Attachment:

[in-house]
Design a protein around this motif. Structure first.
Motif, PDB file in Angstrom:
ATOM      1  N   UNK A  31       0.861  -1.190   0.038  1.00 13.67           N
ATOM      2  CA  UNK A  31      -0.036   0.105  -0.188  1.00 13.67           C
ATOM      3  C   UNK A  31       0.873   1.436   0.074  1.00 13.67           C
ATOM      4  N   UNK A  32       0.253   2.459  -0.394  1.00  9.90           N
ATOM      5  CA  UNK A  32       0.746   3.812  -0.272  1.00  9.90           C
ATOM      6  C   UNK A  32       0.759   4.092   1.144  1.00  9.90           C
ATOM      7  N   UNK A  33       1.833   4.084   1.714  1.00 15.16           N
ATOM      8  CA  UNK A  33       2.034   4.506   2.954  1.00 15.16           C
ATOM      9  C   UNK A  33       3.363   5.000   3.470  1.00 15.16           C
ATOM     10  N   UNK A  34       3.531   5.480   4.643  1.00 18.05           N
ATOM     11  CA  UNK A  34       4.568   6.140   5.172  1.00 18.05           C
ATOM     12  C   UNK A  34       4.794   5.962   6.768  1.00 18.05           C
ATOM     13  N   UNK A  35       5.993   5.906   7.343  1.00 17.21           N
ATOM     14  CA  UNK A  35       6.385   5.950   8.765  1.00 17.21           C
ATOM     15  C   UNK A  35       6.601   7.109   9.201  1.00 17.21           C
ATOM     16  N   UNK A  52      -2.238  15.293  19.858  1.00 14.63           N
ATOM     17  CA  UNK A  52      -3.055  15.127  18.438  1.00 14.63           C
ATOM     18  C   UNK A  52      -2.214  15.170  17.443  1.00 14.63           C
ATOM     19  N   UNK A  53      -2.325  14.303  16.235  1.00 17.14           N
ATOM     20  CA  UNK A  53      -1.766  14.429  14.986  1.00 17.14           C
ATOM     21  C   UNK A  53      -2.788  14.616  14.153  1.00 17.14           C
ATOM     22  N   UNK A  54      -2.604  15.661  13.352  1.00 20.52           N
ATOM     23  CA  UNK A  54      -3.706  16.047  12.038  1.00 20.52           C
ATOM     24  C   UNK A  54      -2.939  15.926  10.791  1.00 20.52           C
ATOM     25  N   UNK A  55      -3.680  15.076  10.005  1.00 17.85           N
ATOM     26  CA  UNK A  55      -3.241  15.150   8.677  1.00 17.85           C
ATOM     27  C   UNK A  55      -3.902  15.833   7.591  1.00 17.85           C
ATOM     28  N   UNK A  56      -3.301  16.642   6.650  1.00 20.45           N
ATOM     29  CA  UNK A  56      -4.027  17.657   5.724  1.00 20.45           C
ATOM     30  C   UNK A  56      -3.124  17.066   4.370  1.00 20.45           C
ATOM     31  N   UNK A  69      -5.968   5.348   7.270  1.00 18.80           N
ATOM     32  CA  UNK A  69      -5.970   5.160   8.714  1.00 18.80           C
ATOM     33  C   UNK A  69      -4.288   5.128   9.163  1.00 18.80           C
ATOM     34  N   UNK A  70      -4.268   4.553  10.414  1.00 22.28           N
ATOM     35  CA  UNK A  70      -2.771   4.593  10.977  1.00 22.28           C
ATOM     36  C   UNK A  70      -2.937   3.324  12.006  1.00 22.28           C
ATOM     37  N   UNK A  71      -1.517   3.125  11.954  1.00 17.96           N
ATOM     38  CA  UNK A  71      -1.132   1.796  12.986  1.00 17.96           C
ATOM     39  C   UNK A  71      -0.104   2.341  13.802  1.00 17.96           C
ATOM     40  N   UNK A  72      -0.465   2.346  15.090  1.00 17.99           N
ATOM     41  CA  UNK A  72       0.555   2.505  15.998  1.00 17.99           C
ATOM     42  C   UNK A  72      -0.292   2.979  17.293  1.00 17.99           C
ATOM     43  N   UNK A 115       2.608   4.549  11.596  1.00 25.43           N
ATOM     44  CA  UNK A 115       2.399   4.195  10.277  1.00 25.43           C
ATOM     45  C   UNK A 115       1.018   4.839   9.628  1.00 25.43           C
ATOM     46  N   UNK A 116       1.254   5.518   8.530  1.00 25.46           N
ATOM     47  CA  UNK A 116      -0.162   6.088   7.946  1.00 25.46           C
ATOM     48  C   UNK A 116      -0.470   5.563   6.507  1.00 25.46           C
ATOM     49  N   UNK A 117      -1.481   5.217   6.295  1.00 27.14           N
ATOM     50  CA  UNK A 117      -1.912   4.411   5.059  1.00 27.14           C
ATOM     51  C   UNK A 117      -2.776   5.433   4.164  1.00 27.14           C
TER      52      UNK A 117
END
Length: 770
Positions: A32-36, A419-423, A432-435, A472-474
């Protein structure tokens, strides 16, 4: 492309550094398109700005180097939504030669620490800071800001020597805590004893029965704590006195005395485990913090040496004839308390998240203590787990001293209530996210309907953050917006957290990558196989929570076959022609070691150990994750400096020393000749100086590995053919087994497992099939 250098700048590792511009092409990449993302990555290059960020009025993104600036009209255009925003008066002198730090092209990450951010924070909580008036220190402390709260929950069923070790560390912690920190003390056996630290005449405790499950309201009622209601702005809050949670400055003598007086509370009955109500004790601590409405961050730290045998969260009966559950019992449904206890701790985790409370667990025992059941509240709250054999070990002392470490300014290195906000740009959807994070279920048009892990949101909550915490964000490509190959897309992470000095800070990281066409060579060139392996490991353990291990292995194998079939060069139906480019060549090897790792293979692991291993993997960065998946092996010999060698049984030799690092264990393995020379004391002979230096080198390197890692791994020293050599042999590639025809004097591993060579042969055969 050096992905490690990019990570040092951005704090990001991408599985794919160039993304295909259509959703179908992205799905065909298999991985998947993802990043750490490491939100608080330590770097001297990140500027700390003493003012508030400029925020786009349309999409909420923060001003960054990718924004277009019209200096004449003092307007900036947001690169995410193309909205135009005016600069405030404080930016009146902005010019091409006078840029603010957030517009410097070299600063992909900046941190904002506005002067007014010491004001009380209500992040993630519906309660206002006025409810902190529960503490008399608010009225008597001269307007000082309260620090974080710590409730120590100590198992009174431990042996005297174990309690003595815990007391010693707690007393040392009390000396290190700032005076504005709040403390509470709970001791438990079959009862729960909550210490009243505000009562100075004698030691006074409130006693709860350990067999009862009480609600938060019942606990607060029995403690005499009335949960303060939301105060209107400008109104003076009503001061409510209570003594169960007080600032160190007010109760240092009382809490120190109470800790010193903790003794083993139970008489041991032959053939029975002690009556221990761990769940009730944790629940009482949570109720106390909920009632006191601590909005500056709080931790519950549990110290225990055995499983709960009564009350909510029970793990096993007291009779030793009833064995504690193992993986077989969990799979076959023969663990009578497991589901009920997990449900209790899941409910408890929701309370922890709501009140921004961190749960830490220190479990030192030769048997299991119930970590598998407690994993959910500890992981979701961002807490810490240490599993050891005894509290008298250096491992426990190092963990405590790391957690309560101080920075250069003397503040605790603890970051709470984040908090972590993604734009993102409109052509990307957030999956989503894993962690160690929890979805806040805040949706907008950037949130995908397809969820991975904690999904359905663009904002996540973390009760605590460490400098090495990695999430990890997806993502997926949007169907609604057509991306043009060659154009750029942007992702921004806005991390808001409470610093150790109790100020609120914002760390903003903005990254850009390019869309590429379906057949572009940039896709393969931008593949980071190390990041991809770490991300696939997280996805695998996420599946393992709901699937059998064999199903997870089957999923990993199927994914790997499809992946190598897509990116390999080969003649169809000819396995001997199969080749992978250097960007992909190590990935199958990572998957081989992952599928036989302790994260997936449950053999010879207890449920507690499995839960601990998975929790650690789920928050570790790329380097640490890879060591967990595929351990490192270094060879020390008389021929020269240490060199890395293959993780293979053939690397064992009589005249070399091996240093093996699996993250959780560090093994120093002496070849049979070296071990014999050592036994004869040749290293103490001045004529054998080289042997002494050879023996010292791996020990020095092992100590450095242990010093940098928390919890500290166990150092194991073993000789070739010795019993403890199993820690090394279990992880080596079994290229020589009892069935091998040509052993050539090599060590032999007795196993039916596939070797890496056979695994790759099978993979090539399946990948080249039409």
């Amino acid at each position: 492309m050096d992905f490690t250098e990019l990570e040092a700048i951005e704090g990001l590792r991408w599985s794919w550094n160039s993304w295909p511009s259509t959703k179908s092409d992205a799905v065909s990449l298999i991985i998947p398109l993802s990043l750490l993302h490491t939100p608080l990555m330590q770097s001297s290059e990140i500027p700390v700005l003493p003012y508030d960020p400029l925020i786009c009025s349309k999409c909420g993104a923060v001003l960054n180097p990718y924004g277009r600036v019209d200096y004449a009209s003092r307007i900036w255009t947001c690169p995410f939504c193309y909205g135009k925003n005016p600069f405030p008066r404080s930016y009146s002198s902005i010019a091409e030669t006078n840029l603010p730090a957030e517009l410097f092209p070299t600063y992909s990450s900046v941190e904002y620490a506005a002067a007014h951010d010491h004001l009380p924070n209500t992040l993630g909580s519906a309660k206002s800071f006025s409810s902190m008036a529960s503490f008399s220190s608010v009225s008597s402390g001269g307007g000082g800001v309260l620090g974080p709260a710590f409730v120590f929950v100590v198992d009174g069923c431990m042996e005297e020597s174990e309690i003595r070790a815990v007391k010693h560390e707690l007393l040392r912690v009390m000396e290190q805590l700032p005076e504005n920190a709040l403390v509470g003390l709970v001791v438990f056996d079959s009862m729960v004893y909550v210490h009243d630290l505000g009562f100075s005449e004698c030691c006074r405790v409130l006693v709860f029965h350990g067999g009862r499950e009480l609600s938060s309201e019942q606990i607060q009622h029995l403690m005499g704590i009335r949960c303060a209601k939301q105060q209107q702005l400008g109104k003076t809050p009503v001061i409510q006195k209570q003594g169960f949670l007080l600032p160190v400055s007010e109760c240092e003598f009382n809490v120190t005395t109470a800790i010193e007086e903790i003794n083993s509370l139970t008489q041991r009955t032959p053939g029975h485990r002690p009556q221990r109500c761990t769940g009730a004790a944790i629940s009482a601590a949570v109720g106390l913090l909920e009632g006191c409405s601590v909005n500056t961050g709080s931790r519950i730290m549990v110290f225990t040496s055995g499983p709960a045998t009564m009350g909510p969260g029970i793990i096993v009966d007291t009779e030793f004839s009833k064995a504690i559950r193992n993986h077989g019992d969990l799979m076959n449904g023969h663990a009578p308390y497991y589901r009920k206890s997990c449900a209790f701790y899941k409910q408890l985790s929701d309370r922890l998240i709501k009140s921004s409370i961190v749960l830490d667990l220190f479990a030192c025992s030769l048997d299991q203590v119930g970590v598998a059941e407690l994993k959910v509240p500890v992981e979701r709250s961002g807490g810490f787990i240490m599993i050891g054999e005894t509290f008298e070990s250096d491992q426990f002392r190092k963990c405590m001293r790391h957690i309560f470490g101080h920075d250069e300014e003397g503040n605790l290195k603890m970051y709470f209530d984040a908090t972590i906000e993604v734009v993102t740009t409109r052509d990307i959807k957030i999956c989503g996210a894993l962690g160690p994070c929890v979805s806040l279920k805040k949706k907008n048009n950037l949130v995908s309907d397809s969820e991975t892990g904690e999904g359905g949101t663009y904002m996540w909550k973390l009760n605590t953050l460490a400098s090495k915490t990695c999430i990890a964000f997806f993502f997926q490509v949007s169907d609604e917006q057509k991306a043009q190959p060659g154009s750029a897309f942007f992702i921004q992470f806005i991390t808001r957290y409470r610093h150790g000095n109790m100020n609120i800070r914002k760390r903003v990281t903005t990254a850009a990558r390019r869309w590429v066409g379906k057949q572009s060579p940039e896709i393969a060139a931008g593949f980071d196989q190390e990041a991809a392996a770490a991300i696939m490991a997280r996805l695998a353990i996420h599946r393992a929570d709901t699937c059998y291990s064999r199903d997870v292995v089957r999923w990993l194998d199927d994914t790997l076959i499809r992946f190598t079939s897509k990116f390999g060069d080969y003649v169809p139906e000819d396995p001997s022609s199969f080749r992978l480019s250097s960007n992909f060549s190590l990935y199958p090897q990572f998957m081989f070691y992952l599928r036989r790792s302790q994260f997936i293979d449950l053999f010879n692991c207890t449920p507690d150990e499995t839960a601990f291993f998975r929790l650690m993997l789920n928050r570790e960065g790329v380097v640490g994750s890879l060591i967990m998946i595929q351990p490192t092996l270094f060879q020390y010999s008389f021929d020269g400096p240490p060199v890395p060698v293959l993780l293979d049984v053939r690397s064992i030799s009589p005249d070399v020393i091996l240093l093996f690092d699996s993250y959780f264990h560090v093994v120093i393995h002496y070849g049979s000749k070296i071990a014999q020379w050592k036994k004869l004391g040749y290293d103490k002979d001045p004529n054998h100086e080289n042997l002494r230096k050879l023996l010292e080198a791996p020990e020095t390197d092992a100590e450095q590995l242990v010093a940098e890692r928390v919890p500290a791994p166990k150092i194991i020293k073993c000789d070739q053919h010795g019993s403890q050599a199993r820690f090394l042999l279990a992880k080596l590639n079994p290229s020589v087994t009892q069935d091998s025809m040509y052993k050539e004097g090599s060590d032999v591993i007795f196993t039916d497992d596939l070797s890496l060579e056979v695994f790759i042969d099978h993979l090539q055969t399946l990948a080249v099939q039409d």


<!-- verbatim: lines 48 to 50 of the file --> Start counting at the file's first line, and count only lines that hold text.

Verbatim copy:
ATOM     45  C   UNK A 115       1.018   4.839   9.628  1.00 25.43           C
ATOM     46  N   UNK A 116       1.254   5.518   8.530  1.00 25.46           N
ATOM     47  CA  UNK A 116      -0.162   6.088   7.946  1.00 25.46           C